Since antiquity finance and taxation have been a couple. The history of taxes has been part of the history of public finances and therefore simply of finance. This issue, which is devoted to an analysis of the links between finance and taxation, comprises three major sections that take up the various aspects of this relationship. First, the impact of taxation on the behavior of economic agents, savings behavior, financing behavior, and financial innovation behavior. The second section tackles the debates stemming from the financial crisis around the use of taxation to discipline banks and around fiscal paradises. The third section takes up the difficulty of adapting fiscal systems, which were primarily created in the twentieth century, to economies that are increasingly global and digitized. A final article is dedicated to the specific problem of collecting taxes in Africa.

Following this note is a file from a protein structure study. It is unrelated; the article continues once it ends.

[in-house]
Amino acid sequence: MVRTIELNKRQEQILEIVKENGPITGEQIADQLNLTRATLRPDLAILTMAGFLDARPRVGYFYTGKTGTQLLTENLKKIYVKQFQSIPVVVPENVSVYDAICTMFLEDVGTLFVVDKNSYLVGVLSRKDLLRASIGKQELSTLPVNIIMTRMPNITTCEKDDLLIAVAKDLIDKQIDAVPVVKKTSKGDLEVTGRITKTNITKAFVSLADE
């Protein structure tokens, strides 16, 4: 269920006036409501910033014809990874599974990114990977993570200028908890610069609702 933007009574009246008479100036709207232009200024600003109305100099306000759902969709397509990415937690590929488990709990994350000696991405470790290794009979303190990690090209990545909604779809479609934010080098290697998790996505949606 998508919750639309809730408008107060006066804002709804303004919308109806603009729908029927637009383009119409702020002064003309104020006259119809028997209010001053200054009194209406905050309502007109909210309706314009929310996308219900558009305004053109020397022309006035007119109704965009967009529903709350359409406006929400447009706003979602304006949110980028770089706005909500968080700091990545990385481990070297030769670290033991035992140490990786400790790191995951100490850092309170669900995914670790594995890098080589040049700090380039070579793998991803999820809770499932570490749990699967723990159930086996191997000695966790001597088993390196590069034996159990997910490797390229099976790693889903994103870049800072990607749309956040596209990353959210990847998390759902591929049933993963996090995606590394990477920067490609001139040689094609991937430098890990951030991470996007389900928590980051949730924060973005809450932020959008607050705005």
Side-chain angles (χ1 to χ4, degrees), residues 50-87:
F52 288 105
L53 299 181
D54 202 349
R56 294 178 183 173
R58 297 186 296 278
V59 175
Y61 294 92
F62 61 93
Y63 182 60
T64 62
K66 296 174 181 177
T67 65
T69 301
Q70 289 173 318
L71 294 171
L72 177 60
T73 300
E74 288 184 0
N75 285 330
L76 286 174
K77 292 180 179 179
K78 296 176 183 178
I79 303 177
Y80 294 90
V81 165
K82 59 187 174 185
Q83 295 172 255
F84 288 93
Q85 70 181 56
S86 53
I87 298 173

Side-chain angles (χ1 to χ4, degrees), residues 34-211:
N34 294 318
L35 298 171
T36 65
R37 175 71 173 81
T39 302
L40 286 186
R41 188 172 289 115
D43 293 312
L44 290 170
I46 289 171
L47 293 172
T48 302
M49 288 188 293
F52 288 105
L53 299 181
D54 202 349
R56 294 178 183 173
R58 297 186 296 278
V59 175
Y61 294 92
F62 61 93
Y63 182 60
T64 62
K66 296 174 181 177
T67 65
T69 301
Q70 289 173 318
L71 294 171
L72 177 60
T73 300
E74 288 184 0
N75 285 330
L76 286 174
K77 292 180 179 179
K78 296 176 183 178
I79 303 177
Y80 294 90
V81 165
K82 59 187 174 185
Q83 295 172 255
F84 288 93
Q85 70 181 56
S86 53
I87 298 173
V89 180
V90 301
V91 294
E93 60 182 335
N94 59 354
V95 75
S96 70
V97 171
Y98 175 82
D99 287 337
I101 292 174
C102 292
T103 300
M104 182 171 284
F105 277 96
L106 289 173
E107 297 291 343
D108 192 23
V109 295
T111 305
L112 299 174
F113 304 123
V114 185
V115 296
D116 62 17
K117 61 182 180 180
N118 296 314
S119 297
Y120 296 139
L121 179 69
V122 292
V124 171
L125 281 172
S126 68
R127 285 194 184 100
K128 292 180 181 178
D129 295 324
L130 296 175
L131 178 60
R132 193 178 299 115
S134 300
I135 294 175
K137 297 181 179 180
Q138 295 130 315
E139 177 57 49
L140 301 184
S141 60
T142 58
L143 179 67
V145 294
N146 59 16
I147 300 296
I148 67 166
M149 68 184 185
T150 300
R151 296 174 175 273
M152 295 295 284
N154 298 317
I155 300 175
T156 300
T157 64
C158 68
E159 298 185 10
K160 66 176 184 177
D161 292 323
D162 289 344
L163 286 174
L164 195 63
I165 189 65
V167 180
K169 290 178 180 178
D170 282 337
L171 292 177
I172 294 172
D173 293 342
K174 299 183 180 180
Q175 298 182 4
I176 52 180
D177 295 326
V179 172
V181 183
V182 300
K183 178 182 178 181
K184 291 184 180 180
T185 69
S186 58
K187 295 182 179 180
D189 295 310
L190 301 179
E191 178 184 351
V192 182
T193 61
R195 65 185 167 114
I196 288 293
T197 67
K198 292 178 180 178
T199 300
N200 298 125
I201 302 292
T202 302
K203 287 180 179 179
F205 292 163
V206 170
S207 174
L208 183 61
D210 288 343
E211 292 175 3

The Review also offers a column on financial history devoted to the German crisis of 1931 and the consequences of the French refusal. Finally, there are two additional articles. The first deals with a moral analysis of speculation and the second with the impact of the size of a managed asset on mutual fund performance.